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D-Day reminder of how Americans can pull together
Seventy-three years ago today, Americans were glued to their radios and reading “extra” editions of newspapers to hear the latest news about the D-Day invasion, the largest seaborne invasion in history.
Each of 156,000 allied troops knew what their mission was, to liberate Europe from one of the most evil forces imaginable.
Of that total, 61,715 were British soldiers, 73,000 were American and 21,400 Canadian.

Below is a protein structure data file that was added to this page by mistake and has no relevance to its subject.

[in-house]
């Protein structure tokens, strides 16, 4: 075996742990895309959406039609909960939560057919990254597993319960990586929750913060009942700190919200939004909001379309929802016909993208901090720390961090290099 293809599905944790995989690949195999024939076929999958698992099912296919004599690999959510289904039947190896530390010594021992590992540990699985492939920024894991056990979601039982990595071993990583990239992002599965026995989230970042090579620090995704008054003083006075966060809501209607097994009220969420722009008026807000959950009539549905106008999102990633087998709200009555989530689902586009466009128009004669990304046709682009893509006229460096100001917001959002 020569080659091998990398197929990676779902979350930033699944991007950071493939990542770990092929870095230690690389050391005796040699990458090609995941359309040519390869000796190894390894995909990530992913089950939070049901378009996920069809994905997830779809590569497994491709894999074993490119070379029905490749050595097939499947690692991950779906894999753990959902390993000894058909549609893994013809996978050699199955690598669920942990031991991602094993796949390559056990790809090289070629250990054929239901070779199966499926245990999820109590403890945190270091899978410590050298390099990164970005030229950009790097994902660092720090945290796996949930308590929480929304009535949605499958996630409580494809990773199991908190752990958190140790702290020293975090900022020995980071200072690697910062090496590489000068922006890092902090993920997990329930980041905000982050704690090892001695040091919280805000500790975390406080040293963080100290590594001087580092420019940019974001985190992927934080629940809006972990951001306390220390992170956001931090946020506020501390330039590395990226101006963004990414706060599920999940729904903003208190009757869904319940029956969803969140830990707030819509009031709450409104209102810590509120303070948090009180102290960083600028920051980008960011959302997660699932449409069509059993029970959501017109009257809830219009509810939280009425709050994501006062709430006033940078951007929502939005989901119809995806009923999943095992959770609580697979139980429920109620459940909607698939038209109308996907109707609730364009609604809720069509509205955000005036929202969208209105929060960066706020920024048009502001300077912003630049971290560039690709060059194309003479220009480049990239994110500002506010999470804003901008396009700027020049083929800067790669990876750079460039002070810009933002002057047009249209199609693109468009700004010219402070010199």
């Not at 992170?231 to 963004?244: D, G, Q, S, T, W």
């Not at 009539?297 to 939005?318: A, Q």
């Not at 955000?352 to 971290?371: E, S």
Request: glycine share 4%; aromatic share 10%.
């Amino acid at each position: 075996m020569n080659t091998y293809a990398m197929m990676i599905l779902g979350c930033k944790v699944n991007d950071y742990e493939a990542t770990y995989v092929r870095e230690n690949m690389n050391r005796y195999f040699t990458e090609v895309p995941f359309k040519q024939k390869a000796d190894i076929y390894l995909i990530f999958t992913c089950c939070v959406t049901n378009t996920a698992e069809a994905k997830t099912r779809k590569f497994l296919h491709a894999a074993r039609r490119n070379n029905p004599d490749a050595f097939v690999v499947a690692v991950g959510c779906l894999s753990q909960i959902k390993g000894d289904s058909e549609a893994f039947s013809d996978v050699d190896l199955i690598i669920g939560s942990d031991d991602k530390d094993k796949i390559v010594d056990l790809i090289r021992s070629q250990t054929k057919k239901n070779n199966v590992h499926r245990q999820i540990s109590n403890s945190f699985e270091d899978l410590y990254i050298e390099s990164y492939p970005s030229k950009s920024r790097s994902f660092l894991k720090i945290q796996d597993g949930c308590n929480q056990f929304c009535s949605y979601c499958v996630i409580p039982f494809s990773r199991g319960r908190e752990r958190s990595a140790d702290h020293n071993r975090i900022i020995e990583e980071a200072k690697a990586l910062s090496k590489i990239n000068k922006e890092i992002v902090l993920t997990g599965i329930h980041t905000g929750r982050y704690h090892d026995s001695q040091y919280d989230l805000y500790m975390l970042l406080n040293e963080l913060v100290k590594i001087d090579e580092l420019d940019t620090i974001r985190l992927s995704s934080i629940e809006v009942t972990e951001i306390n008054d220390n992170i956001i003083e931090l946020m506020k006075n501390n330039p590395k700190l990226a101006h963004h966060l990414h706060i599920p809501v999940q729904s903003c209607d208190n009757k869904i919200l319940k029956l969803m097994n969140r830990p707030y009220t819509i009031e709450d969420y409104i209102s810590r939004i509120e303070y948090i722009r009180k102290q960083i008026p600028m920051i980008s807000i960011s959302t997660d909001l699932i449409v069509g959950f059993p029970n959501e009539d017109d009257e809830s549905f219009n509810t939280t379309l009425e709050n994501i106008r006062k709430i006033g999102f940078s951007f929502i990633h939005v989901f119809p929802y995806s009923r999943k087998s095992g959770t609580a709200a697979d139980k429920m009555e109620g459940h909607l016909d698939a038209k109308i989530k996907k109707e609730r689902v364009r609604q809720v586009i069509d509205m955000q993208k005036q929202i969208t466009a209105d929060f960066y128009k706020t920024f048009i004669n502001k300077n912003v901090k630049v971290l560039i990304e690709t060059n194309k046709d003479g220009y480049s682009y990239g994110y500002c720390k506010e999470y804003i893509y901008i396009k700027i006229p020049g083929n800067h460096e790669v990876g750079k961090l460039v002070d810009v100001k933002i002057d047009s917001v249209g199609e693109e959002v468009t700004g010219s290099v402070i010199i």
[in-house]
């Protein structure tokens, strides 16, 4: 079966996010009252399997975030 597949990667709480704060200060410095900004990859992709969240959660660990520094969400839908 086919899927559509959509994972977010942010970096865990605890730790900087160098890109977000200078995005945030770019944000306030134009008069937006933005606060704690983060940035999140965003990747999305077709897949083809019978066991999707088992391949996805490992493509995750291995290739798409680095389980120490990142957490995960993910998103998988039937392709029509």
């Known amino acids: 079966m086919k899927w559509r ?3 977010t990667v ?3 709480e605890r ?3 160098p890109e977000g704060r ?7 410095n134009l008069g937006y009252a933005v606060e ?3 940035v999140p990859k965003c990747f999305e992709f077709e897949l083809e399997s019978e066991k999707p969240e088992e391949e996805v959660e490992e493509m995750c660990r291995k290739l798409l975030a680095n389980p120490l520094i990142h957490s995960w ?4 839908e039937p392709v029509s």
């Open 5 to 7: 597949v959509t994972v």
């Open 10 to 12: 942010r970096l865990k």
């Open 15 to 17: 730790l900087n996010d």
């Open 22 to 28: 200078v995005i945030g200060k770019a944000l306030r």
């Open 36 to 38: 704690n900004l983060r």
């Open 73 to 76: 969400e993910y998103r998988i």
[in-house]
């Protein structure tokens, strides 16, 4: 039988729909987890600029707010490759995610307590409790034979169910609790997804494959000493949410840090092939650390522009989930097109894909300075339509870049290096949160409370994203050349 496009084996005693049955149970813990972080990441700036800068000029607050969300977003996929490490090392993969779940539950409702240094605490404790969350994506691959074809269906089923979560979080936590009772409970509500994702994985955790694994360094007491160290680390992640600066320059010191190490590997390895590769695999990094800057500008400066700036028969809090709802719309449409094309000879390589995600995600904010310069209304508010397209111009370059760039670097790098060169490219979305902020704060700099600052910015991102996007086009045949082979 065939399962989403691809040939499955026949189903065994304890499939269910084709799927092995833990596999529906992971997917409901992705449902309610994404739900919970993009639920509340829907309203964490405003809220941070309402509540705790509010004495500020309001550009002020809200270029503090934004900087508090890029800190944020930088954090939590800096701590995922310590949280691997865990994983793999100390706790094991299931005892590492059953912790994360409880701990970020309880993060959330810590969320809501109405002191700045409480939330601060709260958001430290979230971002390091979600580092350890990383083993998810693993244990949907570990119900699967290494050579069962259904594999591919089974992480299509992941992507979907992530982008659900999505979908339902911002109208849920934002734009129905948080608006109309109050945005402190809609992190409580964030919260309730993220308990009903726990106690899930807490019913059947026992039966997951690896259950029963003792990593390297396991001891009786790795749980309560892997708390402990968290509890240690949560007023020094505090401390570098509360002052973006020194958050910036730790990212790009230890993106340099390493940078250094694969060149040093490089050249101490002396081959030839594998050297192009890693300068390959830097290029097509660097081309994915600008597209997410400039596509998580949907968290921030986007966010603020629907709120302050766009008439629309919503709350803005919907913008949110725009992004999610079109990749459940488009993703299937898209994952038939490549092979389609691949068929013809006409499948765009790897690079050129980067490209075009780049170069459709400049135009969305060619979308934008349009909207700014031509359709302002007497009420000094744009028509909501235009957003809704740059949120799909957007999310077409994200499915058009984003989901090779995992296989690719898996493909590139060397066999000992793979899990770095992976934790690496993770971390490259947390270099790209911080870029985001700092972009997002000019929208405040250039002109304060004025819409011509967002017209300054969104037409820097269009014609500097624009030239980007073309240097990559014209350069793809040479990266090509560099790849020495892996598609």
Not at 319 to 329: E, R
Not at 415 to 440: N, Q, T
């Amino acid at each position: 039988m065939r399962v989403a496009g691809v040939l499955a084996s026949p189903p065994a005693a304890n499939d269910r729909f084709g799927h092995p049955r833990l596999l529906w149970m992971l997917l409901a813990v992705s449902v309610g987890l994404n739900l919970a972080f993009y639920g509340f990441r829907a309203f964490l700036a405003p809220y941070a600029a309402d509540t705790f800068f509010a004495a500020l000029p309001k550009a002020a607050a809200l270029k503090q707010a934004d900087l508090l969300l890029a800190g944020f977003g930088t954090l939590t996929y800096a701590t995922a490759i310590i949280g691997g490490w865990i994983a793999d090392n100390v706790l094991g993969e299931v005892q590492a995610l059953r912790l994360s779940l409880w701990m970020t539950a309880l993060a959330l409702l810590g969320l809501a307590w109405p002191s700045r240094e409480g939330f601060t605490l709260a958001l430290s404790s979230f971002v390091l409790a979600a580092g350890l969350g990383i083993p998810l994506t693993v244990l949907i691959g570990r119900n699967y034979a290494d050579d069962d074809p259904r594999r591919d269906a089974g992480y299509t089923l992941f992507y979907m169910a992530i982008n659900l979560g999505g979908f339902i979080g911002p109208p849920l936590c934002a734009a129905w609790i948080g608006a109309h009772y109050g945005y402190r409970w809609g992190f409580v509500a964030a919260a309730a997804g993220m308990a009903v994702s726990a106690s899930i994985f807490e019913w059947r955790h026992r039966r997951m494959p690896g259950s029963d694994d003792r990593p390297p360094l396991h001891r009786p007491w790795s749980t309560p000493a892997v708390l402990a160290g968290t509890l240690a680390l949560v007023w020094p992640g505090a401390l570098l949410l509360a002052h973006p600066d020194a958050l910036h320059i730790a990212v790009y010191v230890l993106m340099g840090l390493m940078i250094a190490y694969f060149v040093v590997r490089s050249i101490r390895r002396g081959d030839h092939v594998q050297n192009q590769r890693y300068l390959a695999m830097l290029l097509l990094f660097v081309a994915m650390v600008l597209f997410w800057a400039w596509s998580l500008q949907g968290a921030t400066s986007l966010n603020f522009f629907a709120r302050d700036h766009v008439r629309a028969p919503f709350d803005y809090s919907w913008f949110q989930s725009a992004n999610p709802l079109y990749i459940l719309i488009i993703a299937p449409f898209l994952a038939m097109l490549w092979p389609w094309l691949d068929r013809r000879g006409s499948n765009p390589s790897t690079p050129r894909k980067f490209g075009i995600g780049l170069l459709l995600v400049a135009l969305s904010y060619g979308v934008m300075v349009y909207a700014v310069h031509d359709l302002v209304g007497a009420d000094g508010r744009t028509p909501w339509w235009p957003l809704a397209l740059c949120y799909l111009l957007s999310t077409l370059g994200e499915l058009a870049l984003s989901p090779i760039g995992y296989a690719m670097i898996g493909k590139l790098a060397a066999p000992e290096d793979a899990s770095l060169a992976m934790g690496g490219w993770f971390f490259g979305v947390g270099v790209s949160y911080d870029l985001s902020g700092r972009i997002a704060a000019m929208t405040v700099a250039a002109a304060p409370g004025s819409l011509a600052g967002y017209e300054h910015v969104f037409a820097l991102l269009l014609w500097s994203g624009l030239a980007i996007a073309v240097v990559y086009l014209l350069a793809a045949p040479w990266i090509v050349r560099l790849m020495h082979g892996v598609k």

Some 11,590 aircraft took part in the landings, delivering 23,400 airborne troops and conducting 14,674 sorties.
There were 6,939 vessels involved in Operation Neptune, the initial Normandy invasions that lasted from June 6 to June 30.
Some 4,413 Allied soldiers died on D-Day alone, according to recent research by the U.S. National D-Day Memorial Foundation, far higher than previous estimates of about 2,500 dead.
German losses are estimated to be somewhere between 4,000 and 9,000 dead, but no official tally exists.
Within five days, 326,547 troops and 104,428 tons of supplies had been landed on the beaches, code-named Juno, Gold, Omaha, Utah and Sword.
With divisions running deep in our country — pro- and anti-Trump, abortion, Second Amendment, race, Civil War monuments and Confederate flags — D-Day is a reminder of how our nation can put differences aside to pull together, given a worthy goal.